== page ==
I was wrong too. I called my in-laws in Kenya to find out the going rate for a coffee picker who works a full day, it's 25 to 50 US cents a day. It takes about two minutes or less to pick enough coffee for one cup of coffee, which costs $1.50 at Starbucks.  ^^^ Just for context, don't forget that those coffee beans have to be cleaned, collected, packaged, loaded onto trucks, driven to a port, loaded onto a cargo ship, sailed across the Atlantic, unloaded from the ship and back into a truck, driven across the country to some warehouse, from there to some Starbucks, stored there, made into coffee, and finally served up by a Smiling Starbucks Employee in an high-rent, air-conditioned building. All of that gets rather expensive. I think the problem is that small-scale, hand-picked agriculture of this kind is just not very efficient or lucrative; nor has it ever been. What needs to happen -- in Kenya and elsewhere -- is the creation of more and better-paying jobs, which will help lead to the adoption of more efficient methods of agriculture. ---- Zero, that article has local plantations enslaving children (I agree this is horrible), not foreign multinational corporations. It also has no suggestion of government involvement. Indeed the Cote d'Ivoire just had a people's revolution in 2000, after a military coup in 1999 -- the previous government had been following IMF/WB restructing plans and seeing ~5% growth; since the revolutions things have been much nastier. If your grand thesis -- that the West is rich because it forcibly exploits cheap labor throughout the developing world by being in cahoots with dictators -- it should be trivially easy to find one or two or three examples, right? The world's a damn big place.  Originally posted by GENIERE I was wrong, it wasn't 2/3 it was 64%. A publication of the State of Utah (1980) reports "The potential of oil shale is enormous. While found throughout the world, nearly 62 percent of the world's potentially recoverable oil shale resource are concentrated in the United States...The largest of the U. S. oil shale deposits is found in the 16,500 square-mile Green River formation in northwestern Colorado, northeastern Utah, and southwestern Wyoming. The richest and most easily recoverable deposits are located in the Piceance Creek Basin in western Colorado and the Uinta Basin in eastern Utah...The deposits are estimated to contain 562 billion barrels of recoverable oil. This is more than 64 percent of the world's total proven crude oil reserves." Ah, so it is shale. I'm guessing that the "total proven crude oil reserves" refers to the underground lake type of reserve, not shale. According to http://216.239.57.104/search?q=cache...l=en&ie=UTF-8, the world had about 1.05 trillion barrels (1,050 billion barrels, 1.05x1012 barrels). 562 billion barrels represent 53%. Your source mentioned 64%, but that was written in 1980 (which quotes a source form 1965?).  "The numbers on oil shale resources around the world are nothing short of staggering. Most of the following estimates are drawn from Duncan and Swanson (1965) unless otherwise cited. Oil shale deposits of Late Permian age in southern Brazil have been estimated to contain 800 billion barrels oil equivalent in shale that yields 10 to 25 gallons per ton, and 3.2 trillion barrels in possible extensions. That is a lot, if we can feasably get that out of the ground.  Resources that yield 5 to 10 gallons of oil per ton were estimated to hold 4 trillion barrels of oil equivalent in possible extensions. 5 to 10 gallons per ton...that doesn't seem like a lot. It seems to me that it would be cheaper to buy photovoltaic systems at today's prices than it would be to mine that. How many gallons of total material are in a ton? And how much destruction of habitat would be necessary? It doesn't seem worth it to me to get that out of the ground. Thanks for providing your sources, Geniere. ----------------------------------------------- -----------------------------------------------  Originally posted by damgo The problem with these -- as with nuclear power -- is that they all require large amounts of capital investment, the main thing that developing countries don't have. In general, coal is still a main source of power for developing countries, right? Anyone know what the coal supply situation is? Yes, that is a problem. But if most of the world is to have affluence anywhere near our own, it will be necessary. In the United States, at least, it is cheaper than paying for electricity from the power company, if you stick with it for a decade or so (I'm not sure of the exact payback period). But, of course, you have to have that money to spend in the first place. Sounds like a good reason for loans. (Of course, interest would drive up the payback period).  I almost mentioned the lumber thing, but I'm not sure if it's really a problem or not -- lumber isn't as critical a resource as it once was, and techniques seem to have much improved. Maybe not, but we do use if for a lot of things...and we need forest in existence for biological reasons. Breathing oxygen is always fun [:)].  As far as metal, I remember reading someplace that there is enough easily accessible iron, aluminum, and uranium to last us an obscenely long time -- millennia at the very minimum. Hmm, Apparently so. But, once again, I'm not talking about today's usage rates, but if most of the world has a level of affluence comparable to our own. I have read that recycling generally uses much less energy than mining, so that helps in the energy department. If you're looking at the really long term, then you might want to give some thought about metal supplies. In 20,000 years (if we're still around), will we still have a steady, plentiful supply? Mentor  Originally posted by damgo Hmm, no. It relies on the profit motive, markets, and open trade. In general it will not lead to a flat distribution of income/wealth, but there is nothing to disallow a widespread increase in wealth among all classes -- indeed this is rather typical. The idea that capitalism requires a large number of poor is a common misconception, easily refuted by actual income statistics. ACTUAL INCOME STATISTICS for the USA show that in fact *ALL* segments of the population are increasing their incomes faster than inflation. Pick a table. Any table. Any way you slice the statistics, EVERYONE in the US (including the poor) is getting richer. example: in 1967, the bottom fifth of households in the US had an average income of$7,303. In 2001, \$10,136. An increase of 38%. These numbers are inflation adjusted.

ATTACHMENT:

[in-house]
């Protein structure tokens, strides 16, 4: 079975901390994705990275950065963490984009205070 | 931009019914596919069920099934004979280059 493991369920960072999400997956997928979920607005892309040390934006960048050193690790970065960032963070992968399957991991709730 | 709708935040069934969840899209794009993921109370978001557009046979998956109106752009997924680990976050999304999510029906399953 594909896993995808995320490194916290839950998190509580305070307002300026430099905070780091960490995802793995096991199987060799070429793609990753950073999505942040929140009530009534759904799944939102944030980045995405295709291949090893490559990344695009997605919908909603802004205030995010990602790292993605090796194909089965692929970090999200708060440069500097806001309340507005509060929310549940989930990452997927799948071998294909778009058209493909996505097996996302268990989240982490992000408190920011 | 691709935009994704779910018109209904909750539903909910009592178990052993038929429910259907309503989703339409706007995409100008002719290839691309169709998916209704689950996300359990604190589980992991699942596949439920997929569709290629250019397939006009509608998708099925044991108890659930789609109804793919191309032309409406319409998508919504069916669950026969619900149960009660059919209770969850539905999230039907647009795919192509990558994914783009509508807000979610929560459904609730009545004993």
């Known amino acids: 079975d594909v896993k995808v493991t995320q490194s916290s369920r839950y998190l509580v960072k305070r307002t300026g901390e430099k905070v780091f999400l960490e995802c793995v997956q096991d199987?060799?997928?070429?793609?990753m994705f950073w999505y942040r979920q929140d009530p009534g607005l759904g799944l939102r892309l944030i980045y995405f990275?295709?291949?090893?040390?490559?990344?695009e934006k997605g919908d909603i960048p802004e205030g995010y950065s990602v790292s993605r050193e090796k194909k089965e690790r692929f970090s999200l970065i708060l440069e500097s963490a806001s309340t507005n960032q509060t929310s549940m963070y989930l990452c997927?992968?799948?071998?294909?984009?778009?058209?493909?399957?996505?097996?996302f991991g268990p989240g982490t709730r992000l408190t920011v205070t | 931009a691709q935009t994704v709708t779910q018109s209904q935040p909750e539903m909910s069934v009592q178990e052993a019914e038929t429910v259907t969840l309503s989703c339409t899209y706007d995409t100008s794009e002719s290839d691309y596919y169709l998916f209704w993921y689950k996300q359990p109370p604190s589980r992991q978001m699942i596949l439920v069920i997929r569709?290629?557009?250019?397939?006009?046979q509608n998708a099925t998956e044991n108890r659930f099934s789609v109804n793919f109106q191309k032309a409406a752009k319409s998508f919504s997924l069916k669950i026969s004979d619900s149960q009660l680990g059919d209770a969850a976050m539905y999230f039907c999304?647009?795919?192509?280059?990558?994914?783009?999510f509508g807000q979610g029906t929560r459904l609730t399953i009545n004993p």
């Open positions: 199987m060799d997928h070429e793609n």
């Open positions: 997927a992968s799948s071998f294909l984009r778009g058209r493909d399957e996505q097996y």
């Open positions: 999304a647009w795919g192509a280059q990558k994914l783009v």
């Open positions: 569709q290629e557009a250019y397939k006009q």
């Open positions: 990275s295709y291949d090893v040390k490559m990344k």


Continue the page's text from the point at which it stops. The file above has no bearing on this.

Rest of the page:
Well when you think about it, the reason for some countries is the form of government. Communists and Socialists can't exactly do that because there is no room for advancing. You always have to stay in one postition and cant make your own decisions. Where as in america you are free to start your own business if you wish.

 Well when you think about it, the reason for some countries is the form of government. Communists and Socialists can't exactly do that because there is no room for advancing. You always have to stay in one postition and cant make your own decisions. Where as in america you are free to start your own business if you wish.
Guevara wanted to have the Cuban government allow small business so people can expand and the country could prosper. Guevara knew that a Soviet-style economy couldn't work in order to prosper the country. Inherently, Guevara was not against capitalism's free choice, but against capitalism's exploitation of workers.

However, Guevara's suggestion went unheard either due to a bad management of the Cuban economy or the adamant nature of the leaders to refuse the Western style economy.